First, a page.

Wisconsin Humane Society in Green Bay receives 12 dogs and 9 cats surrendered by their owner

The Wisconsin Humane Society is currently taking care of a group of 21 animals that were surrendered from a single property in Brown County. The animals were discovered to be shy, matted, and timid.

Shaina Allen, the Digital Marketing Coordinator of the Wisconsin Humane Society in Green Bay, explained that they were contacted by a family who needed assistance with taking care of their animals.

On Wednesday morning, the Humane Society workers took 12 small breed dogs and 9 cats from a single Brown County property where they were housed together in pens. The dogs and cats need medical attention, extensive grooming, and behavioral support because they were found timid, nervous, and fearful around people.

According to Shaina Allen of the Wisconsin Humane Society, the dogs and cats were found in an outbuilding with matted fur and ingrown toenails. She explained that situations like this could be due to either a breeding or hoarding situation, and sometimes one can lead to the other.

She also said that she is grateful that the family members contacted them about the animals. Mental health problems may have been a factor in this case.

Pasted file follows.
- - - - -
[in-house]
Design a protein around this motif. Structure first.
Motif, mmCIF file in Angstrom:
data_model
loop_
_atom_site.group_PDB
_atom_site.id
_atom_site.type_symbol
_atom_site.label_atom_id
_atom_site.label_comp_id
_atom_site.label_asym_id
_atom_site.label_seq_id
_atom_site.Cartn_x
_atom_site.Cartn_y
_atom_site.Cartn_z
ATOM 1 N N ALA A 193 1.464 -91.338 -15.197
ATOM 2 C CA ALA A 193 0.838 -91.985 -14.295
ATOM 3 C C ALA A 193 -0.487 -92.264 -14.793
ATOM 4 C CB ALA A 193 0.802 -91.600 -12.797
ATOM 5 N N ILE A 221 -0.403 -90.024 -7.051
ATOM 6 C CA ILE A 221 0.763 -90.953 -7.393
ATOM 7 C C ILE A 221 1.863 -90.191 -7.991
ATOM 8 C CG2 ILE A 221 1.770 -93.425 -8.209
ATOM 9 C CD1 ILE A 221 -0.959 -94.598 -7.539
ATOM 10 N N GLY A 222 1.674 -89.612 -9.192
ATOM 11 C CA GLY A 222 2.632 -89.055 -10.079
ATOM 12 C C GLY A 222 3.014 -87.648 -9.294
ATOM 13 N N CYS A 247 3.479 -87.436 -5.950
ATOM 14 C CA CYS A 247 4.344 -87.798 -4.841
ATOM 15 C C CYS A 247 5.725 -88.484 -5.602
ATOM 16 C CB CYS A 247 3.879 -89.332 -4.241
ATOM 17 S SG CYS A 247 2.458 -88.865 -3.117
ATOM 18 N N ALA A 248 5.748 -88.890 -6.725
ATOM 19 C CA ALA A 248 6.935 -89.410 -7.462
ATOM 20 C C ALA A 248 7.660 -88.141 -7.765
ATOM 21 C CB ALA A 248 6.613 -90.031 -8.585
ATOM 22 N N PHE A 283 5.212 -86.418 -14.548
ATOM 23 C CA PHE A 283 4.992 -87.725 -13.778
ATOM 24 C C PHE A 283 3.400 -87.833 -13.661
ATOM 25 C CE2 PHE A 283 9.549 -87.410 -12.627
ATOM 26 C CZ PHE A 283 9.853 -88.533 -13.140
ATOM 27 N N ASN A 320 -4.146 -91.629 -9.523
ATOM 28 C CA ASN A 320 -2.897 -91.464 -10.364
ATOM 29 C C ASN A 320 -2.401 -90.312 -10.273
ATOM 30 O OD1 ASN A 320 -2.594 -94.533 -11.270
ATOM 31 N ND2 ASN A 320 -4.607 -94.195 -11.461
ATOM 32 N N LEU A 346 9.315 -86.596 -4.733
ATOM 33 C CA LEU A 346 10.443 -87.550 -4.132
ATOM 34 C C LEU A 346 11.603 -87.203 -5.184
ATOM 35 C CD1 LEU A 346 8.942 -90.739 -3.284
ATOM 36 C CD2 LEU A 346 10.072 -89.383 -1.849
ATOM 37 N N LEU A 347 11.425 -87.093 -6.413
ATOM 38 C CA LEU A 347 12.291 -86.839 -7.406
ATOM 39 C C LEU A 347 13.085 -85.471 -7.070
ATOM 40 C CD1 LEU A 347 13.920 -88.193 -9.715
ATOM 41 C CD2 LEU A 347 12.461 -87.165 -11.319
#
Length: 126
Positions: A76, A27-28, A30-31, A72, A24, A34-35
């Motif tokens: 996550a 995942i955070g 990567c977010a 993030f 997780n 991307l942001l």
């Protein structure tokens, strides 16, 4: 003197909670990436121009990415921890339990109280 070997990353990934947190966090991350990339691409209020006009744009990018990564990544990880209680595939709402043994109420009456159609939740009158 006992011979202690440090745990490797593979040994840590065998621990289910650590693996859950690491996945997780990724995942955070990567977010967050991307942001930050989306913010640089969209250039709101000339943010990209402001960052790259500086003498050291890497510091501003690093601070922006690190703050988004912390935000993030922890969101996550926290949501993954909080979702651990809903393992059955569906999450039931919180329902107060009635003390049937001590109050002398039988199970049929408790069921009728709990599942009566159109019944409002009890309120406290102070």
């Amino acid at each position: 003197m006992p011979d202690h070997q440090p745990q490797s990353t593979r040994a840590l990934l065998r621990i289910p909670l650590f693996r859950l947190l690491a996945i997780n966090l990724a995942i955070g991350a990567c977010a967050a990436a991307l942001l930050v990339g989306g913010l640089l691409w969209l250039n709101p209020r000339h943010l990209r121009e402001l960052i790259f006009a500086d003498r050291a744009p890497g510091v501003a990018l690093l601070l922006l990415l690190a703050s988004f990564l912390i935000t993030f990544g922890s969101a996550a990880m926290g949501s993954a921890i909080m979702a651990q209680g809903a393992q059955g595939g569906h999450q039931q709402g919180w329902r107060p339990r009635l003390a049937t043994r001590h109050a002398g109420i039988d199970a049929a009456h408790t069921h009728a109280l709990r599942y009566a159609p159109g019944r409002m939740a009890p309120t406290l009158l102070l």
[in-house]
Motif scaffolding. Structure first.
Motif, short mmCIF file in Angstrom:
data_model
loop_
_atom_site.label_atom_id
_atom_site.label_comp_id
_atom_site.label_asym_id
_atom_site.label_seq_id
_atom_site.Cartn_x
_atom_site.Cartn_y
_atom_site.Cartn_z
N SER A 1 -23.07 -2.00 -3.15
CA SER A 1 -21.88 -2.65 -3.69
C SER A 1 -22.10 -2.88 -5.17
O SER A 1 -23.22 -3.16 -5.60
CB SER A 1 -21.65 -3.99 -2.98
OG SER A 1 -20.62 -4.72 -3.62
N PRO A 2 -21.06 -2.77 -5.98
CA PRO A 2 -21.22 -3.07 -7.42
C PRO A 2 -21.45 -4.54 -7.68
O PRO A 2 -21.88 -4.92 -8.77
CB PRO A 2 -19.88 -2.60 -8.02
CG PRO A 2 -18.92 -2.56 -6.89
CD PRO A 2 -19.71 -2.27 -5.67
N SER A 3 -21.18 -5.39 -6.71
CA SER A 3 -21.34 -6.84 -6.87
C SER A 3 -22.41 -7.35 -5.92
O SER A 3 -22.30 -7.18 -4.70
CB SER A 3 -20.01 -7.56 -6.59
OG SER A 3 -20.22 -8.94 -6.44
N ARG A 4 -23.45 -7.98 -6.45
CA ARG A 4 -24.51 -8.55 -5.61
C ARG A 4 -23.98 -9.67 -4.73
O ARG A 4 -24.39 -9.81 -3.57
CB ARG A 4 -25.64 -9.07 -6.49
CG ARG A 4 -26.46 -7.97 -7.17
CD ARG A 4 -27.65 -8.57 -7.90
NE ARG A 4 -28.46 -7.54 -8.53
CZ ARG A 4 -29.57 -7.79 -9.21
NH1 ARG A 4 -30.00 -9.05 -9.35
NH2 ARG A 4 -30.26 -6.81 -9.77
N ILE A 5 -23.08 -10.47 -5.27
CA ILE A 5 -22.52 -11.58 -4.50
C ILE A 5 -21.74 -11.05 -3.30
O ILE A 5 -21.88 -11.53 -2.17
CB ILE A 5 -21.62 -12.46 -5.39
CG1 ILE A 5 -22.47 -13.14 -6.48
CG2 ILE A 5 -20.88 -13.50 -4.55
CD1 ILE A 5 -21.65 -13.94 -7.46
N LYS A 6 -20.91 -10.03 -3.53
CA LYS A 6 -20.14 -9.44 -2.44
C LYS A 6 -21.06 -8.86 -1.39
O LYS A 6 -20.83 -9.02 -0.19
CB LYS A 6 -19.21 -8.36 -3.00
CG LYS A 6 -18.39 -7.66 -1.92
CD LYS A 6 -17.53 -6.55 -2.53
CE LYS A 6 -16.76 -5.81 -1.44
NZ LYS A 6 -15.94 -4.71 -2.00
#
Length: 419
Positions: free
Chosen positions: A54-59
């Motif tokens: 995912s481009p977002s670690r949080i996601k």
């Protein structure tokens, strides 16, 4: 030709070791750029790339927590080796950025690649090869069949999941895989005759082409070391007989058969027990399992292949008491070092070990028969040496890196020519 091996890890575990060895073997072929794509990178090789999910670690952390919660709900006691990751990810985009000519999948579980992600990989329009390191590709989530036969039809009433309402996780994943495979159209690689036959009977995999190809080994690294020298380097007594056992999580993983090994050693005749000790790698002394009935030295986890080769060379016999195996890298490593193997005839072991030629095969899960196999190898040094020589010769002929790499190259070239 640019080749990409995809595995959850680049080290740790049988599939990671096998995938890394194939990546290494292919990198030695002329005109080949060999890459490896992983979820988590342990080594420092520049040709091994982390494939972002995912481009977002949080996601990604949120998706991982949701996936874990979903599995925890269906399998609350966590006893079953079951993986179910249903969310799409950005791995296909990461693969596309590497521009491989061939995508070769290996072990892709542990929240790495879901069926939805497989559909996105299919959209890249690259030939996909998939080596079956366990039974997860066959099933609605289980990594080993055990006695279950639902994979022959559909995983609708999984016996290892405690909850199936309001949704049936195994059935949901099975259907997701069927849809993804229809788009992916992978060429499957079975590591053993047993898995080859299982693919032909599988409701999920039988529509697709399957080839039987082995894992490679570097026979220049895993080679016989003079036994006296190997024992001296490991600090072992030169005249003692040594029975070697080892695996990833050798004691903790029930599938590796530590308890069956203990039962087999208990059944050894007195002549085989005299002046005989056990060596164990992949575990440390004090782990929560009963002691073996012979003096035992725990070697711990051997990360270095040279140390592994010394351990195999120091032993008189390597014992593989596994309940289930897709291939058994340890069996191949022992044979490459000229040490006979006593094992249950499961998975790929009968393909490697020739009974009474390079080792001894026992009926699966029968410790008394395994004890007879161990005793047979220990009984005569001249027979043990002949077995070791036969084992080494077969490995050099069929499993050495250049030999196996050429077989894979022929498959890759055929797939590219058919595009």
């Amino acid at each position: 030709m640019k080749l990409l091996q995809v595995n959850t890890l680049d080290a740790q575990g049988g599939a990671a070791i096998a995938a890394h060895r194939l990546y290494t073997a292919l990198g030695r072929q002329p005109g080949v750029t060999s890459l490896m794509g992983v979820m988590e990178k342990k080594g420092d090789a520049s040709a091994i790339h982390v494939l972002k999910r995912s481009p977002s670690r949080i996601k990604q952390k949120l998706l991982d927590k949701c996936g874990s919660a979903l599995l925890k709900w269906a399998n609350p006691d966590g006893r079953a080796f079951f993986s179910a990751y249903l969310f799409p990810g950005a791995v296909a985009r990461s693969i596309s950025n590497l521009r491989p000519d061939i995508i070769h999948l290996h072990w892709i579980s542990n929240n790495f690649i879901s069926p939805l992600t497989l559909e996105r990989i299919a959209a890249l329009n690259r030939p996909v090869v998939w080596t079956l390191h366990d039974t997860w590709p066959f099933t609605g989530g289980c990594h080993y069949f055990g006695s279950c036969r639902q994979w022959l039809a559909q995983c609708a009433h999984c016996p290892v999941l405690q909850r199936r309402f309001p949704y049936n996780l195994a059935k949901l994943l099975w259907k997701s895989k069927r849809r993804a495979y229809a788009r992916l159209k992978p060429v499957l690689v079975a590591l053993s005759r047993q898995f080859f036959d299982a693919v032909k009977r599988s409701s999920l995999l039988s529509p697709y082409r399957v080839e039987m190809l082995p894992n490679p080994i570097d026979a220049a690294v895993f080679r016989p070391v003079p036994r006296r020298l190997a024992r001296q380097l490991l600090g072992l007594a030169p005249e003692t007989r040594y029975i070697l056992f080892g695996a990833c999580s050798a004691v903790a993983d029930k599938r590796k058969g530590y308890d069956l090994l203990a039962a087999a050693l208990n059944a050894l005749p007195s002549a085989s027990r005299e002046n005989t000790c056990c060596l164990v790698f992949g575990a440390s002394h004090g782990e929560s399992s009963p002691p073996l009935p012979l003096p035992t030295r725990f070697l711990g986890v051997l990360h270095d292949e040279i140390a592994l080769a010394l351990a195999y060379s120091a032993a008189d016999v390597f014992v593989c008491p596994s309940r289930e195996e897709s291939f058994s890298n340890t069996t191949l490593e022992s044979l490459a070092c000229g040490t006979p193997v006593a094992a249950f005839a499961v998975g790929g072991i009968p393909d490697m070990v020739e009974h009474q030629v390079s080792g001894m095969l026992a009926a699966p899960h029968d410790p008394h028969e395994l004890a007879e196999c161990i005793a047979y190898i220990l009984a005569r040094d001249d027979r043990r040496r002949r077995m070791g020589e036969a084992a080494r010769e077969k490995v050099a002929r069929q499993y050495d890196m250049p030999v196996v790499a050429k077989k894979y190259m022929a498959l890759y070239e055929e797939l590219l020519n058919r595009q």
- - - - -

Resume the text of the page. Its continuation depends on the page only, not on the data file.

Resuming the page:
Shaina Allen stated that it is common for people to need help in situations where the care of animals becomes overwhelming. She also mentioned that asking for help can be difficult, and the Wisconsin Humane Society is there to offer assistance in any way possible

The economy is also a significant factor in many surrenders, although mental health can also play a role in some cases.

Jim Ziegler, Director of the Fox Valley Animal Association, stated that many people facing evictions or homelessness have pets and reach out to surrender them. This situation often involves multiple pets, and some people even live in their vehicles with several cats. Ziegler thinks that pride might prevent people from seeking help in these situations.

He explained that some people abandon their pets in parks or parking lots because they are too proud to ask for help. He also warned that for every discovered abandoned pet, there could be 20 more out there waiting to be found.

Jim expressed his sadness towards the situation, as there are many communities and shelters that offer help such as low-cost services and food pantry. The animals collected by the Humane Society will be taken care of at the Green Bay campus. Some of them will be sent to foster families for behavioral care or medical treatment while others will be ready for adoption at different times.

The animals will undergo spaying or neutering procedure before they are adopted.


Read More: https://www.wbay.com

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